How I Saved $8,000 in Tuition by Working for My School

How I Saved $8,000 in Tuition by Working for My School

With average tuition and fees topping out at almost $10,000 for an in-state student at a four-year public college in 2017-18 and nearly $26,000 for an out-of-state student, it's more important than ever for students to explore ways to pay for higher education. That's why I knew that when I started applying to undergraduate schools in 2013, finding a college that would allow me to save on tuition through a work-study program would play a big part of where I ultimately ended up attending.

In the end, William Paterson University of New Jersey (WPUNJ) in Wayne, New Jersey, cost me approximately $75,000 total to attend. I covered 15 percent of that with grants, and shaved an additional $8,000 off through my work-study program.

While I had always known about scholarships, grants and student loans as a way to help pay for school, when I learned about work-study through my high school counselor and my own research, I knew right away that I was interested. Federal work-study is a need-based program that helps students by offering part-time jobs to help cover education expenses. Those jobs can be either on campus for the school, which mine was, or off campus, usually with a private, nonprofit organization. Applying for the program was as easy as filling out a Free Application for Federal Student Aid (FAFSA®) and checking the box that said I was interested in participating in work-study.

When I found out I had been accepted to the work-study program at WPUNJ, I decided to attend school there. I had a cousin who had recently graduated with a master's and her brother would also be attending at the same time as me, which was also a major factor in my picking the school. It was nice to go to school with family and have two dorm rooms to hang out in. It was also just an attractive school to me, in general, and not too expensive when compared to the other New Jersey state universities.

Once I was officially attending WPUNJ, I had to seek job placement on campus. I ended up working for the campus ministry's TV show and newspaper, which was my first job choice, and one of the higher paying jobs available on campus. I worked about 20 hours a week for four straight semesters. I ultimately went with this gig because of the pay and the flexibility it provided. I started at $10 per hour and I got a raise up to $12 per hour because I used my own car to deliver the school newspaper around campus. Since it was a campus job, they understood that academics came first, and I was able to set my hours around my school schedule. Having this job never interfered with my course work, which was essential. The job also entailed building sets and backgrounds for the shows, which I really enjoyed. While the job didn't directly help me with my career after graduation, I can say that gaining work experience and acquiring time management and people skills while in school was good for me, as it likely would be for anyone.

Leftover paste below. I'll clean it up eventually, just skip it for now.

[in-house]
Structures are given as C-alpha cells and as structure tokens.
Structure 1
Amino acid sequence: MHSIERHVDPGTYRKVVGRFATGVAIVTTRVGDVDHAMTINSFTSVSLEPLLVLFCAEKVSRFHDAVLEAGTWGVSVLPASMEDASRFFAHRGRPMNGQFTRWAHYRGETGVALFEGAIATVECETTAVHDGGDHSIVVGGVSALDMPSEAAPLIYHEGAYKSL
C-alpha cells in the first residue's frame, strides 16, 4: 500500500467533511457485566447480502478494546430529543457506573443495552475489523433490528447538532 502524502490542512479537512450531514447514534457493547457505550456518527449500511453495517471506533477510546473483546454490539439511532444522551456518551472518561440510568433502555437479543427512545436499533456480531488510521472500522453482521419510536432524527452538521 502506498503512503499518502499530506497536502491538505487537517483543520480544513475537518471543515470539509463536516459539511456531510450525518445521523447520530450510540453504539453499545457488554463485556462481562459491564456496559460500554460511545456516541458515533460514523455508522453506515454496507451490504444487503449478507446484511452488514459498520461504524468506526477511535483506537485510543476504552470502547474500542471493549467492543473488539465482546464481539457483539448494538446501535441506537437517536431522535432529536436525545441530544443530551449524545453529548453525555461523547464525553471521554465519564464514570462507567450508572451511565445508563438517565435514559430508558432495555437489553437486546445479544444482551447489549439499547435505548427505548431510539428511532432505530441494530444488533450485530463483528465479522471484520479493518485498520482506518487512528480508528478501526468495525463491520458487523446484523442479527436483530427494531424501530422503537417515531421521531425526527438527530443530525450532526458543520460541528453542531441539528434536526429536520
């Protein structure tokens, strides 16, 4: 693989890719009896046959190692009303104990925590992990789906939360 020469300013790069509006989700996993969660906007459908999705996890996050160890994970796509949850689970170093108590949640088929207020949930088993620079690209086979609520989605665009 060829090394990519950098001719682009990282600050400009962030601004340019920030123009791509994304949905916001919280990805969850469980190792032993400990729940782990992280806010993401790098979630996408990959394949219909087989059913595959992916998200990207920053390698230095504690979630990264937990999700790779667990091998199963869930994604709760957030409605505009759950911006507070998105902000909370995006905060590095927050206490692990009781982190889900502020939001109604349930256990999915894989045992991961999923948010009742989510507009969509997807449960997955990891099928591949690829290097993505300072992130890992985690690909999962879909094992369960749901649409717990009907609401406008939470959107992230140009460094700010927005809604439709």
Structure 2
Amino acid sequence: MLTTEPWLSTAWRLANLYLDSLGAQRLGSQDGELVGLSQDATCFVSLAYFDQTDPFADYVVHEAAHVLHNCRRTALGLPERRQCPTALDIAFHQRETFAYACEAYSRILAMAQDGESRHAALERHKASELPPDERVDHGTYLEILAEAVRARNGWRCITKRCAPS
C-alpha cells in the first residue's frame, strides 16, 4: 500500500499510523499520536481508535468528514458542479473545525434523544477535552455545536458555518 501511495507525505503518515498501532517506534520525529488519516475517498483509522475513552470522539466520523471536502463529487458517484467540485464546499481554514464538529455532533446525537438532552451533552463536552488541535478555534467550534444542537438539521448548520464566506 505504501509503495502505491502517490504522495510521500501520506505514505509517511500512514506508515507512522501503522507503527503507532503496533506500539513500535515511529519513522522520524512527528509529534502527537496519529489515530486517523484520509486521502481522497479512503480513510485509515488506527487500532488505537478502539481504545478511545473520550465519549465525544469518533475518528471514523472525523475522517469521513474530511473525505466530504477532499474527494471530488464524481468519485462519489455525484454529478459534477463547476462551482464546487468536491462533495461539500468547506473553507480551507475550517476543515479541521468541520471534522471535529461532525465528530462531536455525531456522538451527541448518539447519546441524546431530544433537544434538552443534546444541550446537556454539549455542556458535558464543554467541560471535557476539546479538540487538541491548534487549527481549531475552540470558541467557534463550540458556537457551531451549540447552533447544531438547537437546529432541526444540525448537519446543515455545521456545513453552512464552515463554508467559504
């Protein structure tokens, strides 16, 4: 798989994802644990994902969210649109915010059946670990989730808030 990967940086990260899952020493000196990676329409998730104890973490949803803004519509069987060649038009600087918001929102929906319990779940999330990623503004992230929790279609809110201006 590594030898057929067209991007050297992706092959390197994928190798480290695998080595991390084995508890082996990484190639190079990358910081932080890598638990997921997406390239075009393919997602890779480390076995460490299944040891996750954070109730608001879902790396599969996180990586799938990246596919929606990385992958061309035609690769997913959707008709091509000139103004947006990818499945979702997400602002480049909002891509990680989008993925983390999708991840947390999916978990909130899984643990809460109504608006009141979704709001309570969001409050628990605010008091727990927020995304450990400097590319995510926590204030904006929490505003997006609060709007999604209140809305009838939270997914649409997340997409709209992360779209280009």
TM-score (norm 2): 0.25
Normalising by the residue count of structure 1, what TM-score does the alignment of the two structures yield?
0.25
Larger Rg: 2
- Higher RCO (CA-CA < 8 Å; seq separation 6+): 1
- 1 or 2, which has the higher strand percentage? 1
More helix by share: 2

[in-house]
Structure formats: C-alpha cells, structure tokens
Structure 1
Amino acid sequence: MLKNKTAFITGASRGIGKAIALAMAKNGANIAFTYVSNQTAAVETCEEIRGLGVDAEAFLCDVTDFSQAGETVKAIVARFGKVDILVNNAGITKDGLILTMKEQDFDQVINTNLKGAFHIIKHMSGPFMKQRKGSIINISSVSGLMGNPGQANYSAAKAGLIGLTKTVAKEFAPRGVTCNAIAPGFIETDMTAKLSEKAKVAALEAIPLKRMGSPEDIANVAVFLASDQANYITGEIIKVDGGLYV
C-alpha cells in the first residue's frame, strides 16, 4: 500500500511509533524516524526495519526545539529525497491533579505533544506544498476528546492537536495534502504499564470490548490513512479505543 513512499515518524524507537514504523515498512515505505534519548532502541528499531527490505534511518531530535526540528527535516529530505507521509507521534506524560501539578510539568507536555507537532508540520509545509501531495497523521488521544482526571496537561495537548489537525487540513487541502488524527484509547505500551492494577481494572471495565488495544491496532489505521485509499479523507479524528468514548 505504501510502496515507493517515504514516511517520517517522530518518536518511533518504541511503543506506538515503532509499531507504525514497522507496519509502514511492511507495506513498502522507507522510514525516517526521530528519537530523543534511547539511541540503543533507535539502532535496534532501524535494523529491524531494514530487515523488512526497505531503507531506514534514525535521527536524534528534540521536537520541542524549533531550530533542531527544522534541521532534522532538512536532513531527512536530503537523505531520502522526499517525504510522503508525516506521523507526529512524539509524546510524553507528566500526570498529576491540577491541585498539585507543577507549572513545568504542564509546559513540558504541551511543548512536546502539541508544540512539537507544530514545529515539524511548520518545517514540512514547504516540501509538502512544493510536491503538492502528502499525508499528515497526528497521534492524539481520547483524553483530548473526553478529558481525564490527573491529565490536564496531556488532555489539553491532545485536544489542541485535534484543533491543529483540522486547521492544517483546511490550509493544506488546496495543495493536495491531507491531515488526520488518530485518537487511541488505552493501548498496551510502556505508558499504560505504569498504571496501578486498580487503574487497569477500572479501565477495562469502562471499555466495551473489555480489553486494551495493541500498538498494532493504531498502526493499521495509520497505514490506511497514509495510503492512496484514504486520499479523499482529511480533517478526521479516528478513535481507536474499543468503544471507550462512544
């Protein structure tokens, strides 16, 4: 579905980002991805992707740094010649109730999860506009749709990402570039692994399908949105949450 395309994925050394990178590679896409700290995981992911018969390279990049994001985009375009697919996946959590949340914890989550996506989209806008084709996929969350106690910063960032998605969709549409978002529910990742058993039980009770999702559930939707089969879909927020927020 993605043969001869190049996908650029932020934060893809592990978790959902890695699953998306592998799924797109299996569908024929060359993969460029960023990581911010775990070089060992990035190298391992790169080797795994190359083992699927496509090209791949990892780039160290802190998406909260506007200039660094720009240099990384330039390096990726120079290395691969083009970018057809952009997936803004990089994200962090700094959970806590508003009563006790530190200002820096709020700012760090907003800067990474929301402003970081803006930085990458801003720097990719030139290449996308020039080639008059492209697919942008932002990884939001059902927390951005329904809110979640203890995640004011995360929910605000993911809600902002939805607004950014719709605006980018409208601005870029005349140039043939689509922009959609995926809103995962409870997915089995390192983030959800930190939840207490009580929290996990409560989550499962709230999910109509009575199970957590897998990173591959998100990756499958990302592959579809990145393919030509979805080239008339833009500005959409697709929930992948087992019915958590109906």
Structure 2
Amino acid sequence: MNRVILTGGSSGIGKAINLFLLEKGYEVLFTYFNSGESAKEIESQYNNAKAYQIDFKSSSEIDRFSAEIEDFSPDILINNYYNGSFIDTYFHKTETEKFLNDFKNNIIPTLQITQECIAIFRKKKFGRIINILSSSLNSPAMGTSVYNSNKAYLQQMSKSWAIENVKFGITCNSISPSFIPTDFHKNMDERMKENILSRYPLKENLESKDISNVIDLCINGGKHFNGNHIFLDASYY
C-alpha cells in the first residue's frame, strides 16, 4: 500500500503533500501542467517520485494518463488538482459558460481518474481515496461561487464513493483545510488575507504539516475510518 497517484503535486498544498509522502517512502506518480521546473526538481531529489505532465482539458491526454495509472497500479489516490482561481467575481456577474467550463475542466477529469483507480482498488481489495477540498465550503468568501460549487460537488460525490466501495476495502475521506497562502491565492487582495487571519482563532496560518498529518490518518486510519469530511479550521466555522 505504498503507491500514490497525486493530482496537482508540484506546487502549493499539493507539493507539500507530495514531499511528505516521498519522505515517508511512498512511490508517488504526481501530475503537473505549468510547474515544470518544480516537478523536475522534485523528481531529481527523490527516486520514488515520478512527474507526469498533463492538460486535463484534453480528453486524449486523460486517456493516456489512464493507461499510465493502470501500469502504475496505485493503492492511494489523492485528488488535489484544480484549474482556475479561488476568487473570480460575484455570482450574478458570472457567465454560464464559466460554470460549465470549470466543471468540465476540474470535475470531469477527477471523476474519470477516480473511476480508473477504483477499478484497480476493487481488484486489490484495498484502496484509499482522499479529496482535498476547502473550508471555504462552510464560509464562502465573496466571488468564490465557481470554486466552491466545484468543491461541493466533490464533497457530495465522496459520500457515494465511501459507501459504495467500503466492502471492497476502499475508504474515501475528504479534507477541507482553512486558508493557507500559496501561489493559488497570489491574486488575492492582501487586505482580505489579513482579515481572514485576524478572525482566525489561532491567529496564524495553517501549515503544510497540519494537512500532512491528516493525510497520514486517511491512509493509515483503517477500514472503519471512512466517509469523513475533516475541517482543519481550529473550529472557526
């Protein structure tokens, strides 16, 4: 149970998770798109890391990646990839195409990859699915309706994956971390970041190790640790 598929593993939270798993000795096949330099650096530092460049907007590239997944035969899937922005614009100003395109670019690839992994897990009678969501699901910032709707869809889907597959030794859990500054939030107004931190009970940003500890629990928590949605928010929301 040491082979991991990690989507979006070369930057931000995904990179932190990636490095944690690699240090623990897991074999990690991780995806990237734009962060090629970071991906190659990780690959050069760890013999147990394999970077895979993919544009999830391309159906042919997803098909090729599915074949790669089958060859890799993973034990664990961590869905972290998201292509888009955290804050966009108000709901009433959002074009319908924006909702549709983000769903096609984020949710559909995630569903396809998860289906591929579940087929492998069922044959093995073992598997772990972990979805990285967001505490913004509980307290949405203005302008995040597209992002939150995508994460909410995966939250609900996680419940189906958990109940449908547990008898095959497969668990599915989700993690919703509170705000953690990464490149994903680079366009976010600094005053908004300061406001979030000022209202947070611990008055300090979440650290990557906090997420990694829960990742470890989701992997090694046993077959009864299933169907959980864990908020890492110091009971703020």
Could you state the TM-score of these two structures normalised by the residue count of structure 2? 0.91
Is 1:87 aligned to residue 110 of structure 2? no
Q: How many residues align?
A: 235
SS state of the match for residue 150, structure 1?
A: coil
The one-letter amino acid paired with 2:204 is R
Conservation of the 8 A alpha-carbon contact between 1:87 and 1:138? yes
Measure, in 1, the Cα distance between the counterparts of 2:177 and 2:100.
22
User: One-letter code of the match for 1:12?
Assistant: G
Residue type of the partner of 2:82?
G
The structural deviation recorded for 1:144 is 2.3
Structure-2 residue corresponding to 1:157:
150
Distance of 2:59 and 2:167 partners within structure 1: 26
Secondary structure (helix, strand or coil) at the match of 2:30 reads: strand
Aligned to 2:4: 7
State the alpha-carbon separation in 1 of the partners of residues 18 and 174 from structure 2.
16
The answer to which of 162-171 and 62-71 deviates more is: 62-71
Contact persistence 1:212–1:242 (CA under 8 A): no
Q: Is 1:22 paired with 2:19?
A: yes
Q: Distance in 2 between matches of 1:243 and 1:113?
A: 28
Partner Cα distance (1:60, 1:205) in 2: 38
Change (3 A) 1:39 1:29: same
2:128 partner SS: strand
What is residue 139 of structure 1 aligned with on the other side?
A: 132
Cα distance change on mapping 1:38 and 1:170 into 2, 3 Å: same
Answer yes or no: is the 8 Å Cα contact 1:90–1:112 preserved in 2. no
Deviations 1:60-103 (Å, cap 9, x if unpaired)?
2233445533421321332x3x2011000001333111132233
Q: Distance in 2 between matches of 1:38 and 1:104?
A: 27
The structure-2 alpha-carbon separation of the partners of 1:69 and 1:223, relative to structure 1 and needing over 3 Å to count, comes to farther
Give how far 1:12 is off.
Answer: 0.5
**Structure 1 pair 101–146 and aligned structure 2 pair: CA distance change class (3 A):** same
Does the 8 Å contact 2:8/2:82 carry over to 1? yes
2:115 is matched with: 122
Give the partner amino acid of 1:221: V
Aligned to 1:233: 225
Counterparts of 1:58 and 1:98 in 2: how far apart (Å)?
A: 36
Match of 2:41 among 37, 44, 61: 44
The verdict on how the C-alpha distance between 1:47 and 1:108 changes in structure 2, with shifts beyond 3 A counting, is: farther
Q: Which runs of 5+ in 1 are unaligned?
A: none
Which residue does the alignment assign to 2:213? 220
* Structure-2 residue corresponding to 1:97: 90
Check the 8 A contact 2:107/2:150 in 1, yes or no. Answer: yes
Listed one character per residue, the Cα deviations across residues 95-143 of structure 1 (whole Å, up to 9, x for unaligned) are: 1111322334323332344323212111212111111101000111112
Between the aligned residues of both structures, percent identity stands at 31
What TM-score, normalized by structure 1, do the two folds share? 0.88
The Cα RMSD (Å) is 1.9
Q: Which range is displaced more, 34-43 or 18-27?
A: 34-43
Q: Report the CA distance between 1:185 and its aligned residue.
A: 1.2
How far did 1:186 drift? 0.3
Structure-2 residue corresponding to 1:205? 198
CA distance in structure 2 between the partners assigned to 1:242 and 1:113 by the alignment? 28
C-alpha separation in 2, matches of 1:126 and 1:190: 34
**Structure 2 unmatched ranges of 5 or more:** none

Having gone through a work-study program in college, I believe it was a good way to cut down on the cost of getting an education. I would recommend getting a degree this way to any eligible student, as long as they think they can take on the added workload and the pressures that can come with having a job and being in school. Saving through a work-study program not only reduces how much you have to borrow, but it could also cut back on future work that students might have to pick up to help pay down their debts.


By Vickens Moscova, as told to Cheryl Lock. Vickens, 25, is a social media strategist, manager and influencer at his own company, Moscova Marketing. He earned a Bachelor of Science in 2017 in global business from William Paterson University of New Jersey.


FAFSA is a registered service mark of the U.S. Department of Education.

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